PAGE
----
Oil posted its biggest weekly gain in a month, after a volatile week marked by China loosening COVID restrictions and speculation on OPEC+ output policy.

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Front-month volatility jumped to 53 per cent earlier this week, the highest since September, with crude trading in a $10 range. Speculation of OPEC+ output cuts sent crude swinging as traders tried to foretell what the cartel might decide over the weekend. Prices got a boost as China, facing extraordinary unrest, began to ease COVID-Zero policies, aiding the outlook for energy consumption.

The gyrations have become too much for many traders to stomach. Open interest for WTI stands at the lowest since 2014. Analysts say the liquidity crisis will continue as positions continue to be closed out before year end.

Oil staged a sharp rebound this week after hitting its lowest level since 2021 on Monday, with demand prospects improving due to the scaling back of China’s COVID policy following protests. The rally was aided by broader market sentiment reacting optimistically to signals from Federal Reserve officials early in the week that the pace of interest-rate hikes will slow.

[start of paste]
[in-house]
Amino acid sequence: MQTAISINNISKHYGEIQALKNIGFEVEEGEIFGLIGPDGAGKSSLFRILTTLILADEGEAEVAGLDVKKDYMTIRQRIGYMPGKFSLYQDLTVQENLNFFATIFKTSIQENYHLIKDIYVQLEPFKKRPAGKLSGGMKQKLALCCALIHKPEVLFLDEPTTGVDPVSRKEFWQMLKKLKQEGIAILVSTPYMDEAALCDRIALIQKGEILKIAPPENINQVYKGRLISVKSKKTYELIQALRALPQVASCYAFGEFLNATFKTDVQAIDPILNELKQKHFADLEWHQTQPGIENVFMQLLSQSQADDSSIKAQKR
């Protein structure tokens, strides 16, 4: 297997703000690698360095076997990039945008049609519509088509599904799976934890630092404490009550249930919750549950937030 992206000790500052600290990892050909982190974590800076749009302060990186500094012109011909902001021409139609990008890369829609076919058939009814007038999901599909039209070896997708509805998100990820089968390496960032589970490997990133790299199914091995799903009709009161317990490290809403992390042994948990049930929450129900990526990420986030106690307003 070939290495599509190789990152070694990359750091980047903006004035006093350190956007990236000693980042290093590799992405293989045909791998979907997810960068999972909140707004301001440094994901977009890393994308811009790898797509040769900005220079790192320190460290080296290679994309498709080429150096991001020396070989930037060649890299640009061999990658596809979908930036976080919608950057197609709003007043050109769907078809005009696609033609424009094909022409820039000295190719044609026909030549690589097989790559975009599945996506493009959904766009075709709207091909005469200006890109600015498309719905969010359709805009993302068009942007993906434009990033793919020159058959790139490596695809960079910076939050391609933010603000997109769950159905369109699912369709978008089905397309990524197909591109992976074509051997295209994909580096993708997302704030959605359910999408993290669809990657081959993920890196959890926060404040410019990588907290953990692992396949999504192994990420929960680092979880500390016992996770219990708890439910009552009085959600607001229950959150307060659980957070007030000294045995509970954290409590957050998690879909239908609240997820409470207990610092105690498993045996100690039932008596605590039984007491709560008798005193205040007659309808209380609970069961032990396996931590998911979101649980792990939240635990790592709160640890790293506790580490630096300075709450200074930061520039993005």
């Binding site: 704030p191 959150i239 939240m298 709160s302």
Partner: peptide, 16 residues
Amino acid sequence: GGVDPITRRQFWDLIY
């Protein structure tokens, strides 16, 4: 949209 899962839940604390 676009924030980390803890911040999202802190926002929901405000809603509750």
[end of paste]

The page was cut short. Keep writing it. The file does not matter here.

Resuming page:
However, the four-day rally came to a halt Friday after bearish headwinds reasserted themselves into the market. Faster-than-expected U.S. employment growth figures reignited fears that the Federal Reserve will tighten further to slow down growth, while the European Union agreed to a US$60 a barrel price cap on Russian oil. The move is intended to allow Russian oil to keep flowing in global markets while limiting financial gains for Putin.


  • WTI for January delivery rose fell US$1.24 to settle at US$79.98 a barrel in New York.
  • Brent for February settlement fell US$1.31 to settle at US$85.57 a barrel.